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Health Commun ; : 1-13, 2021 Jan 03.
Artigo em Inglês | MEDLINE | ID: mdl-33390033


In this article, we investigate the surge in use of COVID-19-related preprints by media outlets. Journalists are a main source of reliable public health information during crises and, until recently, journalists have been reluctant to cover preprints because of the associated scientific uncertainty. Yet, uploads of COVID-19 preprints and their uptake by online media have outstripped that of preprints about any other topic. Using an innovative approach combining altmetrics methods with content analysis, we identified a diversity of outlets covering COVID-19-related preprints during the early months of the pandemic, including specialist medical news outlets, traditional news media outlets, and aggregators. We found a ubiquity of hyperlinks as citations and a multiplicity of framing devices for highlighting the scientific uncertainty associated with COVID-19 preprints. These devices were rarely used consistently (e.g., mentioning that the study was a preprint, unreviewed, preliminary, and/or in need of verification). About half of the stories we analyzed contained framing devices emphasizing uncertainty. Outlets in our sample were much less likely to identify the research they mentioned as preprint research, compared to identifying it as simply "research." This work has significant implications for public health communication within the changing media landscape. While current best practices in public health risk communication promote identifying and promoting trustworthy sources of information, the uptake of preprint research by online media presents new challenges. At the same time, it provides new opportunities for fostering greater awareness of the scientific uncertainty associated with health research findings.

PLoS One ; 15(3): e0228914, 2020.
Artigo em Inglês | MEDLINE | ID: mdl-32160238


Using an online survey of academics at 55 randomly selected institutions across the US and Canada, we explore priorities for publishing decisions and their perceived importance within review, promotion, and tenure (RPT). We find that respondents most value journal readership, while they believe their peers most value prestige and related metrics such as impact factor when submitting their work for publication. Respondents indicated that total number of publications, number of publications per year, and journal name recognition were the most valued factors in RPT. Older and tenured respondents (most likely to serve on RPT committees) were less likely to value journal prestige and metrics for publishing, while untenured respondents were more likely to value these factors. These results suggest disconnects between what academics value versus what they think their peers value, and between the importance of journal prestige and metrics for tenured versus untenured faculty in publishing and RPT perceptions.

Docentes/psicologia , Editoração , Valores Sociais , Universidades , Canadá , Humanos , Motivação , Publicações , Inquéritos e Questionários , Estados Unidos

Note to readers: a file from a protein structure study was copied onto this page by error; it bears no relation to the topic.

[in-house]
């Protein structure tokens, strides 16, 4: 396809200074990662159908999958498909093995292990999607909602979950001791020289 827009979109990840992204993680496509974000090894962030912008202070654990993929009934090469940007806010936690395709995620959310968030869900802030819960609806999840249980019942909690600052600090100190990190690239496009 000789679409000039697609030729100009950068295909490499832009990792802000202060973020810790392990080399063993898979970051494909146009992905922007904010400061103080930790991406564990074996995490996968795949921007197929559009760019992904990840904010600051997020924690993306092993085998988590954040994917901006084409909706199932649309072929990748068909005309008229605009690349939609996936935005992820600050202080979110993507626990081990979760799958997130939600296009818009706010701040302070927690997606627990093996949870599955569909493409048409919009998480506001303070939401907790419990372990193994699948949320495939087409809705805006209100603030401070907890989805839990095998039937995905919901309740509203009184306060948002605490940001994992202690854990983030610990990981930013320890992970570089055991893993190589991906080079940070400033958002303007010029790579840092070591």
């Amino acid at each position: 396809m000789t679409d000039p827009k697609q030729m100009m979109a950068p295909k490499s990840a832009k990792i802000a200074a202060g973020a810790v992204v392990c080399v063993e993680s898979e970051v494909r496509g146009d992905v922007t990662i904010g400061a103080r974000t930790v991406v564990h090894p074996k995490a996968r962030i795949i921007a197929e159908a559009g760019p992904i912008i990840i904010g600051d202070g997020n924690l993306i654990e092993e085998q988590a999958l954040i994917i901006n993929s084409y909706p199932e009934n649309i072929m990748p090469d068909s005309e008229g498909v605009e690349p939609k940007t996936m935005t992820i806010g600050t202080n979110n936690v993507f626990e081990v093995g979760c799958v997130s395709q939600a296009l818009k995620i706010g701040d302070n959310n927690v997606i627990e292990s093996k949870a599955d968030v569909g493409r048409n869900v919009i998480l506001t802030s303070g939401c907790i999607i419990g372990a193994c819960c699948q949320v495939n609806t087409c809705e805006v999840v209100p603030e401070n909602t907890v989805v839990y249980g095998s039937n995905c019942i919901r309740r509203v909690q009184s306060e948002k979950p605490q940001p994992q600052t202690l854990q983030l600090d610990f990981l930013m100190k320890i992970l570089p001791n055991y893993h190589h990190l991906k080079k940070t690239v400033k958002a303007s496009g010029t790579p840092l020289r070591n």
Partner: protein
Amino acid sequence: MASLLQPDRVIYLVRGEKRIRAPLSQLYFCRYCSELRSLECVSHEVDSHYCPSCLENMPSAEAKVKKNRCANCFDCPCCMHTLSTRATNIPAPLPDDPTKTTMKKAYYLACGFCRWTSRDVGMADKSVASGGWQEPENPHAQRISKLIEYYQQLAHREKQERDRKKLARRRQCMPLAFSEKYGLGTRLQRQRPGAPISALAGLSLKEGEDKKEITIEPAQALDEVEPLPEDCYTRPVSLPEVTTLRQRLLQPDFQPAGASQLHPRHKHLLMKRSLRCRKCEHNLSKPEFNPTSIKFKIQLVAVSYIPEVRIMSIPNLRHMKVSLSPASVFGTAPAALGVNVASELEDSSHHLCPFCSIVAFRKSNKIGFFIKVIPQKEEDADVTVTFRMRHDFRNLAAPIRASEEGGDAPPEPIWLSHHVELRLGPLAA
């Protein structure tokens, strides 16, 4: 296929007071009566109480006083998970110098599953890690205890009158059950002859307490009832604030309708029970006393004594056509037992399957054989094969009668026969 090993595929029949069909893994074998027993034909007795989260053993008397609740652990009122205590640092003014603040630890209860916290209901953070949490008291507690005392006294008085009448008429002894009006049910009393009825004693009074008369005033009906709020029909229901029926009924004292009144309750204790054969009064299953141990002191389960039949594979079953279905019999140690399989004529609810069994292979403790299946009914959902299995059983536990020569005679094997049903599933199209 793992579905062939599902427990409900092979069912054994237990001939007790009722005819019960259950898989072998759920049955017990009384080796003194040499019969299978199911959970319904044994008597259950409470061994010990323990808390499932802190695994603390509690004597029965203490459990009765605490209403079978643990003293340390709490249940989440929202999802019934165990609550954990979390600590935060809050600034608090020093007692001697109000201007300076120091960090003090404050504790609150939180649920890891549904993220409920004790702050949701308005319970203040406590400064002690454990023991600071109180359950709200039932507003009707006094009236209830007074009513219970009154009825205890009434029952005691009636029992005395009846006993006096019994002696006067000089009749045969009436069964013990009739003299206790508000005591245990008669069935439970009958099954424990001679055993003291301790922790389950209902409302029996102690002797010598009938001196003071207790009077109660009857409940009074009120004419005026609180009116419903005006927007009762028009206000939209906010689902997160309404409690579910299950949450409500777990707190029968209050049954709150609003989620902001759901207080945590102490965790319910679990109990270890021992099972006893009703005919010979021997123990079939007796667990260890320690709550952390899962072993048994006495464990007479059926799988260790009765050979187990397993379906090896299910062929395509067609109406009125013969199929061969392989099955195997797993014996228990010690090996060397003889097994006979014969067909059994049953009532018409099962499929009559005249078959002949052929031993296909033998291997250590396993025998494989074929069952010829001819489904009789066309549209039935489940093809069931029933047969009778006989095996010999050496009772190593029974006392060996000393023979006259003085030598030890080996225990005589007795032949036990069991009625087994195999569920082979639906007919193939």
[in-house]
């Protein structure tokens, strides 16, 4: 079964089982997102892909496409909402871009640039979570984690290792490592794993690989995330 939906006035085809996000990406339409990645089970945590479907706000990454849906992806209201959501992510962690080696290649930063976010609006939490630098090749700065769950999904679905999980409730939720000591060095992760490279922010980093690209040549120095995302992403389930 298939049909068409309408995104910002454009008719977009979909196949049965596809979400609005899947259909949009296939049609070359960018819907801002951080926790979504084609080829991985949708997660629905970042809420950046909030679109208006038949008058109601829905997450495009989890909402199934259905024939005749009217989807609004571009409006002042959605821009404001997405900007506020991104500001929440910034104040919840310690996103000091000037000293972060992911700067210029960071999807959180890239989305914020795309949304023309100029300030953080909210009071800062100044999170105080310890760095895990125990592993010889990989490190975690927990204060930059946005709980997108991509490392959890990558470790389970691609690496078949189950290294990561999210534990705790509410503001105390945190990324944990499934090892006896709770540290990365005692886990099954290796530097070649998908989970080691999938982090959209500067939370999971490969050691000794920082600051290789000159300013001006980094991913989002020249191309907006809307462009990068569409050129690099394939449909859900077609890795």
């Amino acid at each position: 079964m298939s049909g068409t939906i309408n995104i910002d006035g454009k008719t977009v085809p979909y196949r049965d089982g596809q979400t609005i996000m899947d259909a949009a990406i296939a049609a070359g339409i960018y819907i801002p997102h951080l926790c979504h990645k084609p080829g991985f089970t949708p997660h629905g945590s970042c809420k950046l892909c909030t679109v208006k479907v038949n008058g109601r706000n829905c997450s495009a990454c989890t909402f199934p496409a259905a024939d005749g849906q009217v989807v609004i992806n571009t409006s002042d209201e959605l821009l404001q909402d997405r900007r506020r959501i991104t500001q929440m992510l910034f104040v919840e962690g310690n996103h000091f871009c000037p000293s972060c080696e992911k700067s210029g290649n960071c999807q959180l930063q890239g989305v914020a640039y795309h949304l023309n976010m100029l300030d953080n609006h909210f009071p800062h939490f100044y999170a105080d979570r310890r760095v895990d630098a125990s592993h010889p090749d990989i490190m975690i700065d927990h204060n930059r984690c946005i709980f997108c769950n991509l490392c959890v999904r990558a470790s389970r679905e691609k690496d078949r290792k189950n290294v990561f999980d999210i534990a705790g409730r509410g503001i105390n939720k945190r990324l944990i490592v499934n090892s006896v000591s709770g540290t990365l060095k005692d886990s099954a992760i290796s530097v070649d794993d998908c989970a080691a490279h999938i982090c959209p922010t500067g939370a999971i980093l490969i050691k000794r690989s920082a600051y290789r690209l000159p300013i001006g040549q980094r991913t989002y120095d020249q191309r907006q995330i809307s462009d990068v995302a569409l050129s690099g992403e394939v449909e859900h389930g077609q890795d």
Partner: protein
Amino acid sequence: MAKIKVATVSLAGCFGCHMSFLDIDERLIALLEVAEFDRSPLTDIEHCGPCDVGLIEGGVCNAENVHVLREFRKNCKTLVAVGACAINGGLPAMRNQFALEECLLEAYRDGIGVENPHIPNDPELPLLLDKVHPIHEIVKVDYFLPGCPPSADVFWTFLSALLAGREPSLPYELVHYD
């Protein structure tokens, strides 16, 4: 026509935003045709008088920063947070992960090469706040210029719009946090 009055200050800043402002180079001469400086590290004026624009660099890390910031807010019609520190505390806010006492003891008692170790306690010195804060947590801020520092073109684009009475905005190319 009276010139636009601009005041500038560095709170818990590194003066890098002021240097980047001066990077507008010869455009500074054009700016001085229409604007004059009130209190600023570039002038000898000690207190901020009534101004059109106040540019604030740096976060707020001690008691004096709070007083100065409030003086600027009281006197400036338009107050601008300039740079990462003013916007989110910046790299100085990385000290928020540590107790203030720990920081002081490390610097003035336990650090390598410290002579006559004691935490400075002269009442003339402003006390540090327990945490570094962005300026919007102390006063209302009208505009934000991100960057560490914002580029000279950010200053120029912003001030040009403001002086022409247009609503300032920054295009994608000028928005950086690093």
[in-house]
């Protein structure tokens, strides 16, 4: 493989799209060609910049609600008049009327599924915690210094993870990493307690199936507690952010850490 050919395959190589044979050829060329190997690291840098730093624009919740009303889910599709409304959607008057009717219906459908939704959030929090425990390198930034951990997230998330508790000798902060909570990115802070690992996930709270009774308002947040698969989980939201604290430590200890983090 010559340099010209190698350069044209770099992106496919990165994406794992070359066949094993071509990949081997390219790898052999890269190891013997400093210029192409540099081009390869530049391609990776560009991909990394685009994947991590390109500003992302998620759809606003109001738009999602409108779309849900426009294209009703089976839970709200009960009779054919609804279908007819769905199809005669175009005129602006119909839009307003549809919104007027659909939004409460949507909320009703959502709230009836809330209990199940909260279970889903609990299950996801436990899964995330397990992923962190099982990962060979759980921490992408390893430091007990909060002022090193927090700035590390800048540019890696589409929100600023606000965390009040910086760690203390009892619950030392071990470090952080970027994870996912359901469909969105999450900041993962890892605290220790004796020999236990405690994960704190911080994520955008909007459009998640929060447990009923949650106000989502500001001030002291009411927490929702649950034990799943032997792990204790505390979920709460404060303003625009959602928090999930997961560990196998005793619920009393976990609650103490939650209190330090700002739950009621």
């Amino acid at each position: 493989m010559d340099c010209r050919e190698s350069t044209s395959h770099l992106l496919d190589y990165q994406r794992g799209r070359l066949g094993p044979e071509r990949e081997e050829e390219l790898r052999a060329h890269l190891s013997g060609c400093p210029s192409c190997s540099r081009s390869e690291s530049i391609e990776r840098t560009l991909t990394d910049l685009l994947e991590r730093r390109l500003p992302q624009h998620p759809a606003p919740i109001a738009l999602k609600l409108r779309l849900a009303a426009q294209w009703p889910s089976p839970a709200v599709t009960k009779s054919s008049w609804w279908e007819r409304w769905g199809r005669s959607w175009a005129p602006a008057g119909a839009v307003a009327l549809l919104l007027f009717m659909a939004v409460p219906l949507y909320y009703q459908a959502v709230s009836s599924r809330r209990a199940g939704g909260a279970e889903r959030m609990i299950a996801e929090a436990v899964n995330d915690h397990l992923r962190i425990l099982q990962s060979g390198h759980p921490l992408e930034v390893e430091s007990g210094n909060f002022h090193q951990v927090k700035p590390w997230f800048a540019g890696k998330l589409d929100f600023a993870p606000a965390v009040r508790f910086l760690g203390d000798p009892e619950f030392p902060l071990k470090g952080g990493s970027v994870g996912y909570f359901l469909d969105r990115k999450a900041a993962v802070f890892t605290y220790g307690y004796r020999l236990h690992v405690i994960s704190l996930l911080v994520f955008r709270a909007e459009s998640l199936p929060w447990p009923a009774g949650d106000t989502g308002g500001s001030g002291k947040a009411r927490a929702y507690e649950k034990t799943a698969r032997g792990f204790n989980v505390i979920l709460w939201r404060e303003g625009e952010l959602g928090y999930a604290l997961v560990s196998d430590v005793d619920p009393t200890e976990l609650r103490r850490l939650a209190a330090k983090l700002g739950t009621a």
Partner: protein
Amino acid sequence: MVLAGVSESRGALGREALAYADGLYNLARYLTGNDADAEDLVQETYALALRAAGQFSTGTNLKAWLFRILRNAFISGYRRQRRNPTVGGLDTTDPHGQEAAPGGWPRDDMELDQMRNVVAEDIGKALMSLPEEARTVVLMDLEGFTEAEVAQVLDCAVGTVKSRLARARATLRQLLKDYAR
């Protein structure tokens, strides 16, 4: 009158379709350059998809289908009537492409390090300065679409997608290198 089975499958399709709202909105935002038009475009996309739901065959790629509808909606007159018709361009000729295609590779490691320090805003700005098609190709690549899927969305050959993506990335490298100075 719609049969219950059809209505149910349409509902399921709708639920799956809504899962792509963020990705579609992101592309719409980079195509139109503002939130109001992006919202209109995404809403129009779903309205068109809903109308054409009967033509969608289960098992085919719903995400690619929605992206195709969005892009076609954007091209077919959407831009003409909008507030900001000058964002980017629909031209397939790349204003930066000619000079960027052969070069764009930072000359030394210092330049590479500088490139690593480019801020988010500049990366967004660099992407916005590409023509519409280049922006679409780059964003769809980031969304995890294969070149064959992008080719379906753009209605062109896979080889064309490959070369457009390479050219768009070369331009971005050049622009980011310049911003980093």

BMJ Open ; 9(2): e025783, 2019 02 19.
Artigo em Inglês | MEDLINE | ID: mdl-30782941


OBJECTIVE: To characterise how online media coverage of journal articles on cancer funded by the US government varies by cancer type and stage of the cancer control continuum and to compare the disease prevalence rates with the amount of funded research published for each cancer type and with the amount of media attention each receives. DESIGN: A cross-sectional study. SETTING: The United States. PARTICIPANTS: The subject of analysis was 11 436 journal articles on cancer funded by the US government published in 2016. These articles were identified via PubMed and characterised as receiving online media attention based on data provided by Altmetric. RESULTS: 16.8% (n=1925) of articles published on US government-funded research were covered in the media. Published journal articles addressed all common cancers. Frequency of journal articles differed substantially across the common cancers, with breast cancer (n=1284), lung cancer (n=630) and prostate cancer (n=586) being the subject of the most journal articles. Roughly one-fifth to one-fourth of journal articles within each cancer category received online media attention. Media mentions were disproportionate to actual burden of each cancer type (ie, incidence and mortality), with breast cancer articles receiving the most media mentions. Scientific articles also covered the stages of the cancer continuum to varying degrees. Across the 13 most common cancer types, 4.4% (n=206) of articles focused on prevention and control, 11.7% (n=550) on diagnosis and 10.7% (n=502) on therapy. CONCLUSIONS: Findings revealed a mismatch between prevalent cancers and cancers highlighted in online media. Further, journal articles on cancer control and prevention received less media attention than other cancer continuum stages. Media mentions were not proportional to actual public cancer burden nor volume of scientific publications in each cancer category. Results highlight a need for continued research on the role of media, especially online media, in research dissemination.

Bibliometria , Financiamento Governamental , Internet , Fator de Impacto de Revistas , Neoplasias/terapia , Pesquisa Biomédica/economia , Estudos Transversais , Humanos , Estados Unidos
Public Underst Sci ; 28(1): 2-18, 2019 01.
Artigo em Inglês | MEDLINE | ID: mdl-29607775


The growing presence of research shared on social media, coupled with the increase in freely available research, invites us to ask whether scientific articles shared on platforms like Twitter diffuse beyond the academic community. We explore a new method for answering this question by identifying 11 articles from two open access biology journals that were shared on Twitter at least 50 times and by analyzing the follower network of users who tweeted each article. We find that diffusion patterns of scientific articles can take very different forms, even when the number of times they are tweeted is similar. Our small case study suggests that most articles are shared within single-connected communities with limited diffusion to the public. The proposed approach and indicators can serve those interested in the public understanding of science, science communication, or research evaluation to identify when research diffuses beyond insular communities.

Disseminação de Informação/métodos , Publicação de Acesso Aberto , Comunicação Acadêmica/estatística & dados numéricos , Mídias Sociais/estatística & dados numéricos
PeerJ ; 6: e4269, 2018.
Artigo em Inglês | MEDLINE | ID: mdl-29479492